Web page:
Guiding Young People Not to Colleges or Careers — But to Good Lives
Who are you?
If you saw this question on a government form, you’d likely respond in a practical fashion, checking boxes about how the world perceives you. Where were you born? What’s your family’s income? What’s your race? Did your parents—even your grandparents—graduate from college?
They’re answers that, when it comes to education and work and success, aren’t supposed to matter—but seem to anyway.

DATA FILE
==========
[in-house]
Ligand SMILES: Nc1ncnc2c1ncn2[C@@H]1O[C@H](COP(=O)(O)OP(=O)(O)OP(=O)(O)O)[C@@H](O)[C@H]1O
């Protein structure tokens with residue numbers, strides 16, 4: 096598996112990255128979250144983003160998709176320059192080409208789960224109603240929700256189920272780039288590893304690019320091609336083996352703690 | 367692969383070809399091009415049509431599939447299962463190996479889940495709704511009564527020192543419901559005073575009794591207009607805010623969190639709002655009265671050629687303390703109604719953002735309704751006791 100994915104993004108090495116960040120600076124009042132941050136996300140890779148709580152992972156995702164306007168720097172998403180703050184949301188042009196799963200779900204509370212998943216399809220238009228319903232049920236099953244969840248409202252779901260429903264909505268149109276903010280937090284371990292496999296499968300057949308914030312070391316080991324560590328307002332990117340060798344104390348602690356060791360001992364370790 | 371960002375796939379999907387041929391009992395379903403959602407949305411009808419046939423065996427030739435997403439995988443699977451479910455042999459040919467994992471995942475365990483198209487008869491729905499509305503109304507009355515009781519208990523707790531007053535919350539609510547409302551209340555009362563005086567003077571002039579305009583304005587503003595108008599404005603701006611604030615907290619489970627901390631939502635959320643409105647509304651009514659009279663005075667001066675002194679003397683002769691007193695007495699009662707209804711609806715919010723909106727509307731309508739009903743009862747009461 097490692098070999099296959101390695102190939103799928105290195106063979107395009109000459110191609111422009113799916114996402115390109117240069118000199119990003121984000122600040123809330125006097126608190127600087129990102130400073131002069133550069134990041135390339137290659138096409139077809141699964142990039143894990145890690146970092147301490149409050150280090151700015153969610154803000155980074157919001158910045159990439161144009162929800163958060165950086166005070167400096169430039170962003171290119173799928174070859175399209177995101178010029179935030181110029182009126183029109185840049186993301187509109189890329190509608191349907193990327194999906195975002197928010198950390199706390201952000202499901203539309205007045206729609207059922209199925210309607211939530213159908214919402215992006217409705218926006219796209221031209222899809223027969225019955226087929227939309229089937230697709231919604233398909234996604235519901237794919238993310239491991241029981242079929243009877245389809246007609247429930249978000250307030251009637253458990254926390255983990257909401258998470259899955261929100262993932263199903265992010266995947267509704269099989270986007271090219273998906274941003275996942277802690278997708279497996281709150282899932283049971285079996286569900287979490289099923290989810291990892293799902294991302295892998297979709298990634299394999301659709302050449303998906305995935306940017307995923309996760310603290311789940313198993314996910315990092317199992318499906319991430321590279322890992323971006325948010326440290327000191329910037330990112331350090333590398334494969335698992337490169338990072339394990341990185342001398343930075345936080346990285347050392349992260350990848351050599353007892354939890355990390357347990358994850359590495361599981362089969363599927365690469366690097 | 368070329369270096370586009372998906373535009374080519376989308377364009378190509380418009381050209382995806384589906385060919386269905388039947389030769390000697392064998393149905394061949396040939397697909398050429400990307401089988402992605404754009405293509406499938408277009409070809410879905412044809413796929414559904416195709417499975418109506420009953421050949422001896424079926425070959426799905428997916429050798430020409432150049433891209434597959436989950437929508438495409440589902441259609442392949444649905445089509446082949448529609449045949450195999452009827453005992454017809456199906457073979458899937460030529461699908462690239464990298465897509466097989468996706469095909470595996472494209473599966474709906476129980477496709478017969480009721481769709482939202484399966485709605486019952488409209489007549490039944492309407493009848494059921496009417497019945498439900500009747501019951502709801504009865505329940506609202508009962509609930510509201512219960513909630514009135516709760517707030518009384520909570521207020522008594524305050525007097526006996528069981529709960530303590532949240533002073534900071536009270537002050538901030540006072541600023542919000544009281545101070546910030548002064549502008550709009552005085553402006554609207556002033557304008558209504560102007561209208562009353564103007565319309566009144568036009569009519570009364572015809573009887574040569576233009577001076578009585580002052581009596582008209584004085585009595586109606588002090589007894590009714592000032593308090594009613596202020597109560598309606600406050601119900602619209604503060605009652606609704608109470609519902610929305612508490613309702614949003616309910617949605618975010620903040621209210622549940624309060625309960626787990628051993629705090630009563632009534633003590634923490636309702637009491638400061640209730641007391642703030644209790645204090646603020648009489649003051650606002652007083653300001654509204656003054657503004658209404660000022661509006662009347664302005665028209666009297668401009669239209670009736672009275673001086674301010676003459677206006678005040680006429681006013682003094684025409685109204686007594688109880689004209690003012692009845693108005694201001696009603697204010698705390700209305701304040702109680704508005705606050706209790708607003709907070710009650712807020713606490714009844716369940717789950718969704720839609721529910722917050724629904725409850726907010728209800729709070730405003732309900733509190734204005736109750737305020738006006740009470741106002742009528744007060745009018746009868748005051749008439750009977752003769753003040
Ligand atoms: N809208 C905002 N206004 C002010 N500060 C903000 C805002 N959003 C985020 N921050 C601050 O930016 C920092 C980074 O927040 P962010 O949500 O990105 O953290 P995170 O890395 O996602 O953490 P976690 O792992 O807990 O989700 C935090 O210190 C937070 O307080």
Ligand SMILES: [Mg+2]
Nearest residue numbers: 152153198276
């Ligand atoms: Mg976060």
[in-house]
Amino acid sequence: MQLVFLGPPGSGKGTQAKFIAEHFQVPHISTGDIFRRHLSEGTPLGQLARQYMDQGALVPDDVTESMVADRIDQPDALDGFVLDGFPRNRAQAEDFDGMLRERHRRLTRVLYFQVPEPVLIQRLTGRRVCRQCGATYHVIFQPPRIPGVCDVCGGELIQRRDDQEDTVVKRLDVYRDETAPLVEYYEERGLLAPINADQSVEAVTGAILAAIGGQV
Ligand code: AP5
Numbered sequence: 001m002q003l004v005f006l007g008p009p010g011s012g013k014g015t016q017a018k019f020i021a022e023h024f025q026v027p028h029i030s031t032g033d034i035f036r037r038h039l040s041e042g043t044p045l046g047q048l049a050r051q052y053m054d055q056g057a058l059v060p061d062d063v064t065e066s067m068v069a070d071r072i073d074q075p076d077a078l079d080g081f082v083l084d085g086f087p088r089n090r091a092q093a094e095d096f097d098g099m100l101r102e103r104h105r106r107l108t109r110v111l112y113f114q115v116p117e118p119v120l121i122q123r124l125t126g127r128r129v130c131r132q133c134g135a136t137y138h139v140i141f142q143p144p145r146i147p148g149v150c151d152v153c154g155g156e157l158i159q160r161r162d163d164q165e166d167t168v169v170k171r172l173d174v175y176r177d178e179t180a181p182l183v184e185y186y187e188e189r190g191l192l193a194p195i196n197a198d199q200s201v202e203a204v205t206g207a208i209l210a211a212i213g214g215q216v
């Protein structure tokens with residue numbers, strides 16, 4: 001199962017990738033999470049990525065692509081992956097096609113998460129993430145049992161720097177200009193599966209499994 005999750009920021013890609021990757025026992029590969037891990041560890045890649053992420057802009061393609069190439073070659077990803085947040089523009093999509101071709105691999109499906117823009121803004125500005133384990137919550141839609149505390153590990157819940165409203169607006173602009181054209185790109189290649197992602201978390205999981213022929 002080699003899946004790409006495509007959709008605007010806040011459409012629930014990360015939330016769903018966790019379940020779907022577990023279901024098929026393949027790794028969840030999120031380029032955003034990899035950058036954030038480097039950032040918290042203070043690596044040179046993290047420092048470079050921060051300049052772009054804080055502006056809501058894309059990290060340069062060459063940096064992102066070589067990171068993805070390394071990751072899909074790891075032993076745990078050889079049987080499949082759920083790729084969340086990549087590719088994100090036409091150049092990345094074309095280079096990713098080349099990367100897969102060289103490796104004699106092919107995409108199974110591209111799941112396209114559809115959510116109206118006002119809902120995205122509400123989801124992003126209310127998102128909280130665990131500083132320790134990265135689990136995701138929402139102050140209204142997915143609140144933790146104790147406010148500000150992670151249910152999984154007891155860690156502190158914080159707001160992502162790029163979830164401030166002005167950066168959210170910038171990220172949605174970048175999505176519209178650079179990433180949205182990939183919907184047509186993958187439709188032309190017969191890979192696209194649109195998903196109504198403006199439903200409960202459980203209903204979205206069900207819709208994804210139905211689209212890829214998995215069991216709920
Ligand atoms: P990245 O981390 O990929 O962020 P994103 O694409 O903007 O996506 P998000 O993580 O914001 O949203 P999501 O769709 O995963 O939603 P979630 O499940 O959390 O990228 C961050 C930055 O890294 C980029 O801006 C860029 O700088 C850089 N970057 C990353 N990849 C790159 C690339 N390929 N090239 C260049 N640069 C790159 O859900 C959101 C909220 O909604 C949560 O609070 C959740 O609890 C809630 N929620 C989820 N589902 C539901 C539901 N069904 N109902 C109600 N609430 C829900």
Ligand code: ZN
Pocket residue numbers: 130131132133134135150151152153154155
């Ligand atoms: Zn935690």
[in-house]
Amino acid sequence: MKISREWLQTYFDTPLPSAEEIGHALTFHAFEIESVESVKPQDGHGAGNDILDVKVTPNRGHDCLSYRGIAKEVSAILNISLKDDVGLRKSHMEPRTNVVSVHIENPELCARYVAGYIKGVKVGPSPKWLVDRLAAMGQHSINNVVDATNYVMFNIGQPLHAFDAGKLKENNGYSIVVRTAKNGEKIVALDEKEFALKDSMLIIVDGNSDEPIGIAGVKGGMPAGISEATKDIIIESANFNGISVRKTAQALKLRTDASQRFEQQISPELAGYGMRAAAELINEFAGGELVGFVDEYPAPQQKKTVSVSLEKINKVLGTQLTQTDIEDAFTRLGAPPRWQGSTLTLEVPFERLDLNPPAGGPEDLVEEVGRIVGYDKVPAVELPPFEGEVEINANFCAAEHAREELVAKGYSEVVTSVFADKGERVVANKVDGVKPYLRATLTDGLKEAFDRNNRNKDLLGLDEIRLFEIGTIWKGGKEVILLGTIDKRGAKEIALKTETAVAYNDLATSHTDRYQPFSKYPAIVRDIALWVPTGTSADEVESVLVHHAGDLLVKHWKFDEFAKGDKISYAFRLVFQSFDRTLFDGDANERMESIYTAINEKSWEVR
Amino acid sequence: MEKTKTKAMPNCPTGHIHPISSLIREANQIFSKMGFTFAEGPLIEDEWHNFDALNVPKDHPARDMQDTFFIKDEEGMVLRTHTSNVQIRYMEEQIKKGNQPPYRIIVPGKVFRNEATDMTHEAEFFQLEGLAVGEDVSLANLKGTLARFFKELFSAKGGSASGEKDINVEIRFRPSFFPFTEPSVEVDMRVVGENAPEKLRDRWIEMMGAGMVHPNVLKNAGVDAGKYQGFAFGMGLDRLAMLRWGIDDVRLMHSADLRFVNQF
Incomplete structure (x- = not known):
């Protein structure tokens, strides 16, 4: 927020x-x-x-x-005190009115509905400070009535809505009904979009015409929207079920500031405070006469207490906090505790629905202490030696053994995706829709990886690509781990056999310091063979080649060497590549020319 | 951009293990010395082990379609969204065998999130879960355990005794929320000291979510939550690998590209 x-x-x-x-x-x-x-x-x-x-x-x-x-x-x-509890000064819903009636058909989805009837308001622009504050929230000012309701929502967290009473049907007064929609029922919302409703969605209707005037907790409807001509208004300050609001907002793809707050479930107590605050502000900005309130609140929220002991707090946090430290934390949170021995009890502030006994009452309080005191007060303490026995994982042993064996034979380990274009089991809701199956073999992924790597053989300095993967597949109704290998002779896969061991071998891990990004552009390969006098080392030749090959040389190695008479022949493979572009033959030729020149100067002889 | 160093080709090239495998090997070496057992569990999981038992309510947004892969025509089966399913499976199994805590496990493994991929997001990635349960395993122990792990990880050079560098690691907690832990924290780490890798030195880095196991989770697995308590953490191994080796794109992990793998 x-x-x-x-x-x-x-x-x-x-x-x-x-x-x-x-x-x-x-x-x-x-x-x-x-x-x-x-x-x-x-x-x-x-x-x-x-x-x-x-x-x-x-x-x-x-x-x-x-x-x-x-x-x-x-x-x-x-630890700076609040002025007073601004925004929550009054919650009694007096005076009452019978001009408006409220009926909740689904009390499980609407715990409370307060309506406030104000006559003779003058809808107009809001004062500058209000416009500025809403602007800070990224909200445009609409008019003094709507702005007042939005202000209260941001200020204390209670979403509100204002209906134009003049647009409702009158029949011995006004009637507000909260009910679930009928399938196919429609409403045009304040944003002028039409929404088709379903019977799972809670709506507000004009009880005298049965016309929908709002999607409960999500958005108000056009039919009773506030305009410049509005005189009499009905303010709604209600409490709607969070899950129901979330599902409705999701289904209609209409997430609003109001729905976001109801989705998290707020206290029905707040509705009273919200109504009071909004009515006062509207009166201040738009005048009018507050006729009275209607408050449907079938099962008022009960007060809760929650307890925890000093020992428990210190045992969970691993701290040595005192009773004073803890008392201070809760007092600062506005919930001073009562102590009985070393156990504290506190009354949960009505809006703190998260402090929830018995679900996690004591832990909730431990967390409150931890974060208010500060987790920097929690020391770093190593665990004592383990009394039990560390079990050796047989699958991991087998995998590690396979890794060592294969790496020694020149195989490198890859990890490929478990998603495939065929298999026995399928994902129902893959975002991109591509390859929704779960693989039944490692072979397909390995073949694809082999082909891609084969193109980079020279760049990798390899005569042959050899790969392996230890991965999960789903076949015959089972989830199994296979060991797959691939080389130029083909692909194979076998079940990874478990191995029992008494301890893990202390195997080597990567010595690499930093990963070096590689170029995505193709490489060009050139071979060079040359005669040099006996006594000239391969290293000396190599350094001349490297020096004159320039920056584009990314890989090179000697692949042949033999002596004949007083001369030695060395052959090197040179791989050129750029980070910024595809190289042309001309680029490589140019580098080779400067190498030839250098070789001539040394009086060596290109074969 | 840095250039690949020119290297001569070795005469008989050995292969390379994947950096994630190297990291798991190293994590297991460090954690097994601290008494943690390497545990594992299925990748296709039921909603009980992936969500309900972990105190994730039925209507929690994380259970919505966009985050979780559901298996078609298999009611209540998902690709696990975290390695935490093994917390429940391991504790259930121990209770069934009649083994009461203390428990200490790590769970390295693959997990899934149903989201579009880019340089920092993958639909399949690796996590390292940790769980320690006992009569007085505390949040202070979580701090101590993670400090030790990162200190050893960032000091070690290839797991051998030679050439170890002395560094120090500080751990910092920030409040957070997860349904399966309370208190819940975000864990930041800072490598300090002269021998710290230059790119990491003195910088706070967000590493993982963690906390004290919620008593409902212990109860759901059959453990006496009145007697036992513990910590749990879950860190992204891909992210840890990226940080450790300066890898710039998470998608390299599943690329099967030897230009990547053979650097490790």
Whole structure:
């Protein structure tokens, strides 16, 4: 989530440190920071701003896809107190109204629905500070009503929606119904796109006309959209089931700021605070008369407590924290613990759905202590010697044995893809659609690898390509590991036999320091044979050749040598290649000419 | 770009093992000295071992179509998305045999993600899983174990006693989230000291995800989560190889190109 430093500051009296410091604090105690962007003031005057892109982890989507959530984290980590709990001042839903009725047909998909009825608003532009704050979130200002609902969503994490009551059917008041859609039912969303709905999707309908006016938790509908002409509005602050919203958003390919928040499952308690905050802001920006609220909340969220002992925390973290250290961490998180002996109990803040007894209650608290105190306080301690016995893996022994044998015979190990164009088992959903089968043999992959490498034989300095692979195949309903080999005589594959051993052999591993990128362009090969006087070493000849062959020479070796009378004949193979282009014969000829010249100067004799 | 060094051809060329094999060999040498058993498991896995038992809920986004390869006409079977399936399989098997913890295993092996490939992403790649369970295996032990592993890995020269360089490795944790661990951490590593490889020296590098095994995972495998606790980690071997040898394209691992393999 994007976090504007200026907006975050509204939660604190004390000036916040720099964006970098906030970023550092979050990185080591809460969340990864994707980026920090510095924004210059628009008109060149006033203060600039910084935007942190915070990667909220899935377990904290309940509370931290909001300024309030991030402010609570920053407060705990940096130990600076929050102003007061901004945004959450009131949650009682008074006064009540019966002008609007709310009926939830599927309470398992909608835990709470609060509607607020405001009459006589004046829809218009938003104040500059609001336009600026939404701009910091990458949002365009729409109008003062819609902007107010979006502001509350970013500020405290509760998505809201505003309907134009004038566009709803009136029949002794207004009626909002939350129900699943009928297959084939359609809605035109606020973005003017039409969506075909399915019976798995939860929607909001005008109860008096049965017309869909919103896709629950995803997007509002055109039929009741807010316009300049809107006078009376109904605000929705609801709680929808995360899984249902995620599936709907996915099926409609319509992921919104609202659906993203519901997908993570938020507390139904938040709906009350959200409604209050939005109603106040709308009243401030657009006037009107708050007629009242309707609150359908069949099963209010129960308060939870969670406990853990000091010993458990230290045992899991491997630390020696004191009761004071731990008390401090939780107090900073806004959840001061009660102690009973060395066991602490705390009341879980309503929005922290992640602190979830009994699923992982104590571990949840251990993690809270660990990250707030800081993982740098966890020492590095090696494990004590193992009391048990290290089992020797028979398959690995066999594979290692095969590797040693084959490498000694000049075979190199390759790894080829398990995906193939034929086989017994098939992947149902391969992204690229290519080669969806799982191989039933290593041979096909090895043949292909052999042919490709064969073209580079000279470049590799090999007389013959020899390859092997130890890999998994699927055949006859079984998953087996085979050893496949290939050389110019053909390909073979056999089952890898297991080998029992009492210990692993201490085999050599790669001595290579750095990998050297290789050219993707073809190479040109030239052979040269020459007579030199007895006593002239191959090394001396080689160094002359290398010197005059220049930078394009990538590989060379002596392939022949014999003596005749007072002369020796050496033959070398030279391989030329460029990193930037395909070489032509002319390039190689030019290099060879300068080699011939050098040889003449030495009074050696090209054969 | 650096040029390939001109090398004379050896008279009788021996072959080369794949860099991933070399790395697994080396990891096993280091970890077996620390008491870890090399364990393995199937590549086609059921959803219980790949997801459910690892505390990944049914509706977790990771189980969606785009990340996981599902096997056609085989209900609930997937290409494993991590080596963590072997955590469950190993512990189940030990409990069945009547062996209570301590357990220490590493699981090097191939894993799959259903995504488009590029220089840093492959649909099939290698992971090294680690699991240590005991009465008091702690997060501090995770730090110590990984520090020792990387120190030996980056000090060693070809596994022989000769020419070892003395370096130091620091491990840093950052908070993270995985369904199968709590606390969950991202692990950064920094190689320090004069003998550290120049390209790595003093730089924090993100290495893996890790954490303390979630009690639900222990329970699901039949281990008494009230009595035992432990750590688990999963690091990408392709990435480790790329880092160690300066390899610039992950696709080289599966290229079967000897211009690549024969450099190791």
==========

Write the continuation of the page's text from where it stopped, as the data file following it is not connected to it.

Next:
Who are you?
If you saw this question at the top of a page in your diary, though, you might take a different approach, scribbling details about how you perceive yourself. What do you love to do? What scares you? Who matters most to you?
They’re answers that, when it comes to education and work and success, don’t always seem to matter—but maybe should.
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